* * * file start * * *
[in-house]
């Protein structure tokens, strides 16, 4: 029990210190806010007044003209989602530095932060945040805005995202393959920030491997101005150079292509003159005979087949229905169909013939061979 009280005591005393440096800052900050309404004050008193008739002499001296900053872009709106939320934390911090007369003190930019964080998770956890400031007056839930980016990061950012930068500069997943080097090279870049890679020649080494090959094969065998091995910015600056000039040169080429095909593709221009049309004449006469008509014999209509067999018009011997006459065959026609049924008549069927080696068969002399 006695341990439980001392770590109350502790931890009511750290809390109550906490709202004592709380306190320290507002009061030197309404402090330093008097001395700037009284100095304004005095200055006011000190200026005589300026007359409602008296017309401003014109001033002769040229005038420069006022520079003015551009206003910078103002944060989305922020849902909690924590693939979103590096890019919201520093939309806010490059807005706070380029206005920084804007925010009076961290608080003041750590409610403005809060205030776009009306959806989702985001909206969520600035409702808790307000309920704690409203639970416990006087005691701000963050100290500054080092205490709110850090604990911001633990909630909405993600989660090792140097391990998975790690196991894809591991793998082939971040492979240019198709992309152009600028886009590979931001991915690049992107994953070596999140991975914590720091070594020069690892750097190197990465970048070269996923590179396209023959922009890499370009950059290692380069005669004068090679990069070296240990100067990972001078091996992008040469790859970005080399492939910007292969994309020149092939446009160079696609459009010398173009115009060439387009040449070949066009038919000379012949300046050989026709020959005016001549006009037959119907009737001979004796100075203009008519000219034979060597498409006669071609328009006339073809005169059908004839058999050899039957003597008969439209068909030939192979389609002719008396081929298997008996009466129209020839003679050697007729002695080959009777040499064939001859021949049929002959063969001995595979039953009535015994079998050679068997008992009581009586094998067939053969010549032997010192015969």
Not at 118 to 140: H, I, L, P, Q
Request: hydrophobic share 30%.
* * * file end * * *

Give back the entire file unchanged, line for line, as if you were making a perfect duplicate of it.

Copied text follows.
[in-house]
């Protein structure tokens, strides 16, 4: 029990210190806010007044003209989602530095932060945040805005995202393959920030491997101005150079292509003159005979087949229905169909013939061979 009280005591005393440096800052900050309404004050008193008739002499001296900053872009709106939320934390911090007369003190930019964080998770956890400031007056839930980016990061950012930068500069997943080097090279870049890679020649080494090959094969065998091995910015600056000039040169080429095909593709221009049309004449006469008509014999209509067999018009011997006459065959026609049924008549069927080696068969002399 006695341990439980001392770590109350502790931890009511750290809390109550906490709202004592709380306190320290507002009061030197309404402090330093008097001395700037009284100095304004005095200055006011000190200026005589300026007359409602008296017309401003014109001033002769040229005038420069006022520079003015551009206003910078103002944060989305922020849902909690924590693939979103590096890019919201520093939309806010490059807005706070380029206005920084804007925010009076961290608080003041750590409610403005809060205030776009009306959806989702985001909206969520600035409702808790307000309920704690409203639970416990006087005691701000963050100290500054080092205490709110850090604990911001633990909630909405993600989660090792140097391990998975790690196991894809591991793998082939971040492979240019198709992309152009600028886009590979931001991915690049992107994953070596999140991975914590720091070594020069690892750097190197990465970048070269996923590179396209023959922009890499370009950059290692380069005669004068090679990069070296240990100067990972001078091996992008040469790859970005080399492939910007292969994309020149092939446009160079696609459009010398173009115009060439387009040449070949066009038919000379012949300046050989026709020959005016001549006009037959119907009737001979004796100075203009008519000219034979060597498409006669071609328009006339073809005169059908004839058999050899039957003597008969439209068909030939192979389609002719008396081929298997008996009466129209020839003679050697007729002695080959009777040499064939001859021949049929002959063969001995595979039953009535015994079998050679068997008992009581009586094998067939053969010549032997010192015969």
Not at 118 to 140: H, I, L, P, Q
Request: hydrophobic share 30%.